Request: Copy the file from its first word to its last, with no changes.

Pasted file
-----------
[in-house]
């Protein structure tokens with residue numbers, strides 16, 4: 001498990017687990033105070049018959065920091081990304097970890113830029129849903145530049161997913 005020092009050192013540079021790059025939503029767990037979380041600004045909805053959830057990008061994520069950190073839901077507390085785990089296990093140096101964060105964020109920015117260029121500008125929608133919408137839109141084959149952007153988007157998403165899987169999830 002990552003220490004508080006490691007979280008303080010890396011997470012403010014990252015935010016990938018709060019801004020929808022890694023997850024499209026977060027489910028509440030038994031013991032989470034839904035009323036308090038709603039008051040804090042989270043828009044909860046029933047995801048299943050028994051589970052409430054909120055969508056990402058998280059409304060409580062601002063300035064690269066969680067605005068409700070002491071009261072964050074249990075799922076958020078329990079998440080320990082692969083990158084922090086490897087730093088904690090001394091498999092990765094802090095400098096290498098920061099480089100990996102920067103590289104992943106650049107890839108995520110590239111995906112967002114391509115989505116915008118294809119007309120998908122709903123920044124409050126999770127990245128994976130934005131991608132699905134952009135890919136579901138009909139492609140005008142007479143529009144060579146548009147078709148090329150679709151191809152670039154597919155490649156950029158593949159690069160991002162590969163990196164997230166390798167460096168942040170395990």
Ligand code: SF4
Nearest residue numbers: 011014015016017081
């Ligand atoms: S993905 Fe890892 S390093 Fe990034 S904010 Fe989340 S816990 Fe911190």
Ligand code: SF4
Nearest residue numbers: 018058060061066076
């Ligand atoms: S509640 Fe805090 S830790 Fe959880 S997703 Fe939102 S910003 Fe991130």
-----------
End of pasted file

[in-house]
């Protein structure tokens with residue numbers, strides 16, 4: 001498990017687990033105070049018959065920091081990304097970890113830029129849903145530049161997913 005020092009050192013540079021790059025939503029767990037979380041600004045909805053959830057990008061994520069950190073839901077507390085785990089296990093140096101964060105964020109920015117260029121500008125929608133919408137839109141084959149952007153988007157998403165899987169999830 002990552003220490004508080006490691007979280008303080010890396011997470012403010014990252015935010016990938018709060019801004020929808022890694023997850024499209026977060027489910028509440030038994031013991032989470034839904035009323036308090038709603039008051040804090042989270043828009044909860046029933047995801048299943050028994051589970052409430054909120055969508056990402058998280059409304060409580062601002063300035064690269066969680067605005068409700070002491071009261072964050074249990075799922076958020078329990079998440080320990082692969083990158084922090086490897087730093088904690090001394091498999092990765094802090095400098096290498098920061099480089100990996102920067103590289104992943106650049107890839108995520110590239111995906112967002114391509115989505116915008118294809119007309120998908122709903123920044124409050126999770127990245128994976130934005131991608132699905134952009135890919136579901138009909139492609140005008142007479143529009144060579146548009147078709148090329150679709151191809152670039154597919155490649156950029158593949159690069160991002162590969163990196164997230166390798167460096168942040170395990």
Ligand code: SF4
Nearest residue numbers: 011014015016017081
């Ligand atoms: S993905 Fe890892 S390093 Fe990034 S904010 Fe989340 S816990 Fe911190």
Ligand code: SF4
Nearest residue numbers: 018058060061066076
């Ligand atoms: S509640 Fe805090 S830790 Fe959880 S997703 Fe939102 S910003 Fe991130």